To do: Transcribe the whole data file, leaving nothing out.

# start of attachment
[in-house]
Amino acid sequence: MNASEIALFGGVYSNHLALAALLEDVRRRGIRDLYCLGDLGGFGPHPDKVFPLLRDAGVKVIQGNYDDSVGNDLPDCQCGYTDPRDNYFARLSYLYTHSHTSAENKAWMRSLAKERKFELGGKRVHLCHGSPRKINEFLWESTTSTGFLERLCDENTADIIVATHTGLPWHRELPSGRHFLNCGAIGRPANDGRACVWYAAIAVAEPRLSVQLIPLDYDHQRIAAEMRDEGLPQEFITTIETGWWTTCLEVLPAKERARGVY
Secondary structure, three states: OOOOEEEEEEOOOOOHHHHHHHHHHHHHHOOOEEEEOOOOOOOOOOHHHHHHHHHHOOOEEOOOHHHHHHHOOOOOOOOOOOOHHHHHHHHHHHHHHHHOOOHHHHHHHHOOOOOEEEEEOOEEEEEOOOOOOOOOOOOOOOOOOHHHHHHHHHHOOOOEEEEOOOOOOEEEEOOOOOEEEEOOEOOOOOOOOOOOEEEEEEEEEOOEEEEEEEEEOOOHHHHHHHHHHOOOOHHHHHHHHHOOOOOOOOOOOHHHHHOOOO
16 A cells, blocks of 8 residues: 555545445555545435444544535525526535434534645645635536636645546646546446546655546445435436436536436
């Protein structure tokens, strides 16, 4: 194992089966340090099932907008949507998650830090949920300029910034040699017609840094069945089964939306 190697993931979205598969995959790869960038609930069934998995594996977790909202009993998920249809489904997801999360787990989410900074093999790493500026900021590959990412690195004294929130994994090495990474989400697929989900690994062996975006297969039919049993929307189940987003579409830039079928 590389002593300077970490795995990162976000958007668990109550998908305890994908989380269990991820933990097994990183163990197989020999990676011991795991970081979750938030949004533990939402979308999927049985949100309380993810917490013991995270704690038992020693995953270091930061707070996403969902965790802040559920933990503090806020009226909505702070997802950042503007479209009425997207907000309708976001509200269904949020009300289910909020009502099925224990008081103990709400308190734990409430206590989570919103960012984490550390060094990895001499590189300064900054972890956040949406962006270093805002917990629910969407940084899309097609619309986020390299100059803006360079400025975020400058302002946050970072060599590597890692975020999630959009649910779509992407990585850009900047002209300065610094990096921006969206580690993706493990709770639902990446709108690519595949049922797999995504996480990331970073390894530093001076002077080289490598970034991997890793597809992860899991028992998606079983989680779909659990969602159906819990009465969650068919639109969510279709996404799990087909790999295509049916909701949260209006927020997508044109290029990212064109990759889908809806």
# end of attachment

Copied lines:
[in-house]
Amino acid sequence: MNASEIALFGGVYSNHLALAALLEDVRRRGIRDLYCLGDLGGFGPHPDKVFPLLRDAGVKVIQGNYDDSVGNDLPDCQCGYTDPRDNYFARLSYLYTHSHTSAENKAWMRSLAKERKFELGGKRVHLCHGSPRKINEFLWESTTSTGFLERLCDENTADIIVATHTGLPWHRELPSGRHFLNCGAIGRPANDGRACVWYAAIAVAEPRLSVQLIPLDYDHQRIAAEMRDEGLPQEFITTIETGWWTTCLEVLPAKERARGVY
Secondary structure, three states: OOOOEEEEEEOOOOOHHHHHHHHHHHHHHOOOEEEEOOOOOOOOOOHHHHHHHHHHOOOEEOOOHHHHHHHOOOOOOOOOOOOHHHHHHHHHHHHHHHHOOOHHHHHHHHOOOOOEEEEEOOEEEEEOOOOOOOOOOOOOOOOOOHHHHHHHHHHOOOOEEEEOOOOOOEEEEOOOOOEEEEOOEOOOOOOOOOOOEEEEEEEEEOOEEEEEEEEEOOOHHHHHHHHHHOOOOHHHHHHHHHOOOOOOOOOOOHHHHHOOOO
16 A cells, blocks of 8 residues: 555545445555545435444544535525526535434534645645635536636645546646546446546655546445435436436536436
């Protein structure tokens, strides 16, 4: 194992089966340090099932907008949507998650830090949920300029910034040699017609840094069945089964939306 190697993931979205598969995959790869960038609930069934998995594996977790909202009993998920249809489904997801999360787990989410900074093999790493500026900021590959990412690195004294929130994994090495990474989400697929989900690994062996975006297969039919049993929307189940987003579409830039079928 590389002593300077970490795995990162976000958007668990109550998908305890994908989380269990991820933990097994990183163990197989020999990676011991795991970081979750938030949004533990939402979308999927049985949100309380993810917490013991995270704690038992020693995953270091930061707070996403969902965790802040559920933990503090806020009226909505702070997802950042503007479209009425997207907000309708976001509200269904949020009300289910909020009502099925224990008081103990709400308190734990409430206590989570919103960012984490550390060094990895001499590189300064900054972890956040949406962006270093805002917990629910969407940084899309097609619309986020390299100059803006360079400025975020400058302002946050970072060599590597890692975020999630959009649910779509992407990585850009900047002209300065610094990096921006969206580690993706493990709770639902990446709108690519595949049922797999995504996480990331970073390894530093001076002077080289490598970034991997890793597809992860899991028992998606079983989680779909659990969602159906819990009465969650068919639109969510279709996404799990087909790999295509049916909701949260209006927020997508044109290029990212064109990759889908809806």